Adrenal Cancer: Statistics
What are statistics?
Some people use numbers called statistics to figure out their chances of getting cancer. Or they use them to try to figure out their chance of being cured. Because no two people are alike, statistics can’t be used to predict what will happen to one person. The statistics below describe large groups of people. They do not take into account a person's own risk factors, such as family history, behaviors, or cancer screenings. If you have questions, talk with your healthcare provider.
What are the statistics for adrenal cancer?
Here are some statistics about adrenal cancer:
Adrenal cancer is very rare. There are probably about 200 cases per year. But the actual number of cases is not known.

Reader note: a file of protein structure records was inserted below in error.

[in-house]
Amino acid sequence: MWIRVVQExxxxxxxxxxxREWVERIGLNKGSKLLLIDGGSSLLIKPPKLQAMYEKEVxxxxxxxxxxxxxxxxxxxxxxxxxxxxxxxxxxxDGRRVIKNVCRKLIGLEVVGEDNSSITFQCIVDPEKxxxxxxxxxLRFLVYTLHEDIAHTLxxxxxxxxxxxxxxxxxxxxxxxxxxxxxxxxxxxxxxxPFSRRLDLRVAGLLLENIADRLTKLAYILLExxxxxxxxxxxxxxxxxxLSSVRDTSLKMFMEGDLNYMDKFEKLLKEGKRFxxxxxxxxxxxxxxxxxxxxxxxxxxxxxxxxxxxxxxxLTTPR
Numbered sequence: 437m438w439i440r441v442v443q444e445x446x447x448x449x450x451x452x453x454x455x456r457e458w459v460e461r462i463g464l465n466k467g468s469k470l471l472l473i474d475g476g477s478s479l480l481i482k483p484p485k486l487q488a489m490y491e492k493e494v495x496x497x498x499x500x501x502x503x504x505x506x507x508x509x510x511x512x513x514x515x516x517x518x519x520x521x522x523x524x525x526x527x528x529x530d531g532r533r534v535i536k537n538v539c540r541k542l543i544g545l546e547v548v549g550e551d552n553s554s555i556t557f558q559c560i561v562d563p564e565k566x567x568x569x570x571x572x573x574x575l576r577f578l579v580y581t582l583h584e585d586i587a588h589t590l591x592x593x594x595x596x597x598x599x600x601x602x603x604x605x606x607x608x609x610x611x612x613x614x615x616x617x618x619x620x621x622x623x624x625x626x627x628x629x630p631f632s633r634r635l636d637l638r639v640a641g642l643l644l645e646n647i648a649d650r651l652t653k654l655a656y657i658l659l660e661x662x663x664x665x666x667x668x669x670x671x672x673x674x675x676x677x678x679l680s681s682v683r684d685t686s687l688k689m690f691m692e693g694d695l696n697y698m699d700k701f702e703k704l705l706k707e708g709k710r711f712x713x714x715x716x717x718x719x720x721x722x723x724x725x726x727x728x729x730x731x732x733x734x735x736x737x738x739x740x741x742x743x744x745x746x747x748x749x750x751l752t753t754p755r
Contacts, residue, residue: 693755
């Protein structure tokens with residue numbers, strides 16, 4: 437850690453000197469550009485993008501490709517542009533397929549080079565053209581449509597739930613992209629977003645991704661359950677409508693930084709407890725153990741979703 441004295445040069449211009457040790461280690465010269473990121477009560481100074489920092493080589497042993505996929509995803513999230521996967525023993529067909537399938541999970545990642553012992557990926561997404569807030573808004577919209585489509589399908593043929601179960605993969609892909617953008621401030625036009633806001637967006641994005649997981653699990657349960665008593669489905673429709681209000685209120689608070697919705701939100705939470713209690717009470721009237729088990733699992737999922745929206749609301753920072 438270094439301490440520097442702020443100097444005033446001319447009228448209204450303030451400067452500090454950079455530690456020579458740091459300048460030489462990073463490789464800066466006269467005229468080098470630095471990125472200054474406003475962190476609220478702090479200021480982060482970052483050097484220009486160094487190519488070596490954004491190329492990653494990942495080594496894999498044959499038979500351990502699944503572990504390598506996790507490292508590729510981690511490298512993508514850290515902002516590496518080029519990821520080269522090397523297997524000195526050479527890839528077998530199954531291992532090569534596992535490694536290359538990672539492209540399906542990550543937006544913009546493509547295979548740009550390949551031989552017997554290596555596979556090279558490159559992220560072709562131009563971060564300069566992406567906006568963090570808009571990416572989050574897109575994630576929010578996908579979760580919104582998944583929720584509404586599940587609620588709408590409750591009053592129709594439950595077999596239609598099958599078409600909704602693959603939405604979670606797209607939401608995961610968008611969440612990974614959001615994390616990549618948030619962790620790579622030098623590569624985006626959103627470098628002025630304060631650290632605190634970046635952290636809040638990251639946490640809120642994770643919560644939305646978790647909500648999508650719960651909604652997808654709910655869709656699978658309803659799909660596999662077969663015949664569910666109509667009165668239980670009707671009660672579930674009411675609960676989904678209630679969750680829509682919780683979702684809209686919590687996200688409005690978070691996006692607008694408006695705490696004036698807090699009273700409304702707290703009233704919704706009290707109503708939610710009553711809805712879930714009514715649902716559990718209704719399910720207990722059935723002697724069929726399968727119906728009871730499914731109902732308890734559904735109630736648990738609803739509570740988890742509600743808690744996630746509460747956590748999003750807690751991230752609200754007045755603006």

Adrenal adenomas are tumors that are not cancer (benign). They are found more often than cancerous adrenal tumors. Adrenal adenomas often have no symptoms. But they show up in about 10% of people who have a CT scan or MRI of the adrenal glands.
The average age of people who have adrenal cancer is about 46. But this cancer can occur at any age, even in children.
Adrenal cancer seems to happen slightly more often in women.
Source: American Cancer Society